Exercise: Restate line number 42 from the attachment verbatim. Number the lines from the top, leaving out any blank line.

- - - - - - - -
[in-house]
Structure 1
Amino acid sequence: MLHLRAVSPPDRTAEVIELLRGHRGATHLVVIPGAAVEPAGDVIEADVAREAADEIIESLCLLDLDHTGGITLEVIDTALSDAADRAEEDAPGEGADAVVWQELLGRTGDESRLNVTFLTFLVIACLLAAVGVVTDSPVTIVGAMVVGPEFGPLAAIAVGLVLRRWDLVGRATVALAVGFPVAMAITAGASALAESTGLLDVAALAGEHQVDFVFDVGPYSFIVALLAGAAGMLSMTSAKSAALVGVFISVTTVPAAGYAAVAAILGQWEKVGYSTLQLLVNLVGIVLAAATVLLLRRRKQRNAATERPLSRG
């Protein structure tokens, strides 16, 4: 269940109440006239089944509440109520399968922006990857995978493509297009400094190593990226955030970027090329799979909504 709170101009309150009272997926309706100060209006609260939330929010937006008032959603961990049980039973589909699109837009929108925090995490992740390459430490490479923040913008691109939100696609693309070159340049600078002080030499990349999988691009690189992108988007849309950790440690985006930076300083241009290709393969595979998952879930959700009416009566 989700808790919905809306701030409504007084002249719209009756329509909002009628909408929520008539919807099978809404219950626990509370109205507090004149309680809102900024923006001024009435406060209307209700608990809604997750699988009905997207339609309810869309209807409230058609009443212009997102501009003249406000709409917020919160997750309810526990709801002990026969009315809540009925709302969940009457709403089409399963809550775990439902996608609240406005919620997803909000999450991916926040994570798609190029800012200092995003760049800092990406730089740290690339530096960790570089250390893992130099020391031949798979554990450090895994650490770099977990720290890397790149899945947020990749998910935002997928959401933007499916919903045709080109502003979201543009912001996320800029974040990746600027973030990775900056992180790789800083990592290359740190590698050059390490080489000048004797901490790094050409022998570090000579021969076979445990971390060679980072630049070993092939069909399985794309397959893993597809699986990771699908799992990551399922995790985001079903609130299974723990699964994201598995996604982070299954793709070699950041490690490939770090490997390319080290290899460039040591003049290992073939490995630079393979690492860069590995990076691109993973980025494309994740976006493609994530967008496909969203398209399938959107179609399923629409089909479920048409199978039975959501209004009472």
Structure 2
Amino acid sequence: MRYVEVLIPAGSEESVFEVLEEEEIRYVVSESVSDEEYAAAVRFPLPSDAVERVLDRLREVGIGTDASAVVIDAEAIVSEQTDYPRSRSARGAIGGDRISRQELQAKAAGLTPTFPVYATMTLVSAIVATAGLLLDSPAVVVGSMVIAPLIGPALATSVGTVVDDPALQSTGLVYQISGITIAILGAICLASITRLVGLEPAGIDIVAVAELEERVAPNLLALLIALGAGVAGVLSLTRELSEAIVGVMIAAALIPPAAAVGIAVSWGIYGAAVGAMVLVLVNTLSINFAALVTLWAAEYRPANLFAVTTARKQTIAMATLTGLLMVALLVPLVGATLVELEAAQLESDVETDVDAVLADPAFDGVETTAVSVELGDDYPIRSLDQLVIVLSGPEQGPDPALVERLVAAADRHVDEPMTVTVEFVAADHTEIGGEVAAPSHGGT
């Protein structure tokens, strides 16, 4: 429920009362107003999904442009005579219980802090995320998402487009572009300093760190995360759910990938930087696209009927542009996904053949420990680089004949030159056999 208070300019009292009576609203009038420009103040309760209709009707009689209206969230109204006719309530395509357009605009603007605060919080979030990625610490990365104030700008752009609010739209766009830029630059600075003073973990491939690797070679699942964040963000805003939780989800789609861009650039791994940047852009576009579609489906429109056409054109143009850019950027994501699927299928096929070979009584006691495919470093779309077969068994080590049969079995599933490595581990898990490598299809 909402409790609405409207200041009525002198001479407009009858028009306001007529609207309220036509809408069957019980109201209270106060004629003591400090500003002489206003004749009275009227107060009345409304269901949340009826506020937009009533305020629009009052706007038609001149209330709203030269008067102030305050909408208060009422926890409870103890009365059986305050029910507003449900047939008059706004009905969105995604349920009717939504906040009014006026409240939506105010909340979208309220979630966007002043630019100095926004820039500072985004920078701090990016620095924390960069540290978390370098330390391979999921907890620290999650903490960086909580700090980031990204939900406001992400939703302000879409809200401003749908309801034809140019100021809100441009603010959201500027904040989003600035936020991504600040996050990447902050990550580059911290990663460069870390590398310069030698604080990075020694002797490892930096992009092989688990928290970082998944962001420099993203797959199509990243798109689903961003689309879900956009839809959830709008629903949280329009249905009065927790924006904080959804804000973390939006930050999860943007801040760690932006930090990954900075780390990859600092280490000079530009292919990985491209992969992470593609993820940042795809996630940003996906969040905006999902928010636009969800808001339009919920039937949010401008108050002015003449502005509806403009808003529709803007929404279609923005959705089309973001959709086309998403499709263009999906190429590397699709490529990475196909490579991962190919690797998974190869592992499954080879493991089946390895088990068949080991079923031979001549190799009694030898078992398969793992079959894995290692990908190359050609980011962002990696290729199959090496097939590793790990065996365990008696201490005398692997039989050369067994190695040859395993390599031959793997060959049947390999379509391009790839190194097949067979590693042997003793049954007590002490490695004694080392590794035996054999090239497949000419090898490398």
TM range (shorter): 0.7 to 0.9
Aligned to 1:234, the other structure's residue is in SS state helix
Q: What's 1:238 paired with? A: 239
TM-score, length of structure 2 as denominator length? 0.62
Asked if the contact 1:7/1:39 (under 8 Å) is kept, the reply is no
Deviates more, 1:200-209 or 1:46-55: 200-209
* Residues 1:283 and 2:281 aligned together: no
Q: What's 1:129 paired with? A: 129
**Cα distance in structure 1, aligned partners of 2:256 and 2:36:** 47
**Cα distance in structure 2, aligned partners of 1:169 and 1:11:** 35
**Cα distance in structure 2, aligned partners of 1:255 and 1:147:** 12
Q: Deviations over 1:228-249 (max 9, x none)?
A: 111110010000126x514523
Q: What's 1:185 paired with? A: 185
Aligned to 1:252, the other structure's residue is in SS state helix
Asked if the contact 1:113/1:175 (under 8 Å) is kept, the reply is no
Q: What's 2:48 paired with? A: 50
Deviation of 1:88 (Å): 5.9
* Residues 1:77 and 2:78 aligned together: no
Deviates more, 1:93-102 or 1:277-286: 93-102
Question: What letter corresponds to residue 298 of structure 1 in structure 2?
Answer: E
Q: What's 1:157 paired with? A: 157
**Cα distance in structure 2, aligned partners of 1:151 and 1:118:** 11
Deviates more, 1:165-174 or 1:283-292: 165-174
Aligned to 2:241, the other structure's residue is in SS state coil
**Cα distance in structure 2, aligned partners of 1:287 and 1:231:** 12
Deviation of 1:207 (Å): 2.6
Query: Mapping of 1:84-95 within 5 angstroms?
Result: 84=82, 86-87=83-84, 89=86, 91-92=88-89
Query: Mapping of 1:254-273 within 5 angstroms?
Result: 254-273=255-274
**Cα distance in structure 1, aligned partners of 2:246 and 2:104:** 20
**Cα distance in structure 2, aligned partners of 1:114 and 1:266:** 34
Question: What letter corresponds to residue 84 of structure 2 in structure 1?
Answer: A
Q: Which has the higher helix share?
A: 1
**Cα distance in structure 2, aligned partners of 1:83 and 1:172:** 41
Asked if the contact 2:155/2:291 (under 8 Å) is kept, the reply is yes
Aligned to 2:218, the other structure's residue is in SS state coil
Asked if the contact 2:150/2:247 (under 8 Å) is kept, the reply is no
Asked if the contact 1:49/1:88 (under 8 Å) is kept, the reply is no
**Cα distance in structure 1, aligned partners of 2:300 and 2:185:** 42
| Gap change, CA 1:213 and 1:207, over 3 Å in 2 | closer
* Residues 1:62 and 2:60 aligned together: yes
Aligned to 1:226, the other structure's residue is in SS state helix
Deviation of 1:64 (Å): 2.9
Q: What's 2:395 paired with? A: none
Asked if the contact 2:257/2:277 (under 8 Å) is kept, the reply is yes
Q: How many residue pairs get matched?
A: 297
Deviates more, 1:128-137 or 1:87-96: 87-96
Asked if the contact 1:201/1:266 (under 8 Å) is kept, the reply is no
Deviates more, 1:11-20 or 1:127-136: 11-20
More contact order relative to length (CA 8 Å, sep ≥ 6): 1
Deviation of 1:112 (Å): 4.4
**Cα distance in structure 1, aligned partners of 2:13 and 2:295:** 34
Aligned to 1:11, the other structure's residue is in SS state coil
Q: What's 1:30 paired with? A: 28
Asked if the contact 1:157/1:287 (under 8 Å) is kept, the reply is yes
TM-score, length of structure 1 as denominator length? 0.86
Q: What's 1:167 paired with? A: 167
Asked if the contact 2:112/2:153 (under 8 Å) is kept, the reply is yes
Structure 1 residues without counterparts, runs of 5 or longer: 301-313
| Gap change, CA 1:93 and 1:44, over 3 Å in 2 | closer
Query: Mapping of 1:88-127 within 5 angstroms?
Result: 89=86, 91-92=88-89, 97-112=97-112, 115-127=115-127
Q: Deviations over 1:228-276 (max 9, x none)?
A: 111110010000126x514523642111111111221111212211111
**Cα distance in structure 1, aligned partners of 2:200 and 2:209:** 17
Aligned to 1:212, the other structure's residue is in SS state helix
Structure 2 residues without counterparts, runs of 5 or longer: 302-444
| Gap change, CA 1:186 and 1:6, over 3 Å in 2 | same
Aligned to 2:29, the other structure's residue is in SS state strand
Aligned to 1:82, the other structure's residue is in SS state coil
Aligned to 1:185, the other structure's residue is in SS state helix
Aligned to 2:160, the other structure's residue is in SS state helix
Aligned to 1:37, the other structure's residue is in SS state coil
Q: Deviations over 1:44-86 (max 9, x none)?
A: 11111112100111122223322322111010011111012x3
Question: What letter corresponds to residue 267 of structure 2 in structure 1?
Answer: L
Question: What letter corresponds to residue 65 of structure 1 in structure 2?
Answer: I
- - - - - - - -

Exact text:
Question: What letter corresponds to residue 84 of structure 2 in structure 1?